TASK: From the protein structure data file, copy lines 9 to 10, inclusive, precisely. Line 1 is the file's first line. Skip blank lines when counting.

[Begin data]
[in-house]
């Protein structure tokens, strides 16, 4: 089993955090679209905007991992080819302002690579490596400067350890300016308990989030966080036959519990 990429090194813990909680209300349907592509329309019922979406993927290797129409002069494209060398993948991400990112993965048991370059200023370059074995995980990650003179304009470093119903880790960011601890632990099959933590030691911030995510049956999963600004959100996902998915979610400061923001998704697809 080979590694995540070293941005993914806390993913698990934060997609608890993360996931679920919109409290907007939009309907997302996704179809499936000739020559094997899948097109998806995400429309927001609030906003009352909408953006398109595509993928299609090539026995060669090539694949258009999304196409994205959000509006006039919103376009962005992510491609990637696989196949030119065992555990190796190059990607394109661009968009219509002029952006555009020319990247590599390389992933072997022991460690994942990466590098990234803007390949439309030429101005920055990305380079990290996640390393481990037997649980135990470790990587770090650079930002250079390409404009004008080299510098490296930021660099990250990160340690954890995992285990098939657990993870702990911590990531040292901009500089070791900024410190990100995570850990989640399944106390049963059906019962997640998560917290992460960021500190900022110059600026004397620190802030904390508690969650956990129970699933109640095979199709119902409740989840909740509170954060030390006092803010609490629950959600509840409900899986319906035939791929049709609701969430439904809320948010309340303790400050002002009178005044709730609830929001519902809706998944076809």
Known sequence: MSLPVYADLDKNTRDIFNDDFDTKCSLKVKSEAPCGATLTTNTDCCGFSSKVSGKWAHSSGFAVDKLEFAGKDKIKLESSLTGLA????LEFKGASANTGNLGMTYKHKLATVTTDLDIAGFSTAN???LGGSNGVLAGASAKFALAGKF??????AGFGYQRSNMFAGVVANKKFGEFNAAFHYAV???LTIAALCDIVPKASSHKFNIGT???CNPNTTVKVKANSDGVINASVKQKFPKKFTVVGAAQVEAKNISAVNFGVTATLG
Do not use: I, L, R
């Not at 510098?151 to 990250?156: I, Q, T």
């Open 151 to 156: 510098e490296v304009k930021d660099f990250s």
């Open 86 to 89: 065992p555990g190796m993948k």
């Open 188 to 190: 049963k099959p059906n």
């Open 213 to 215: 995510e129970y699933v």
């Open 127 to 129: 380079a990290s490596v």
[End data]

């Open 213 to 215: 995510e129970y699933v």
């Open 127 to 129: 380079a990290s490596v």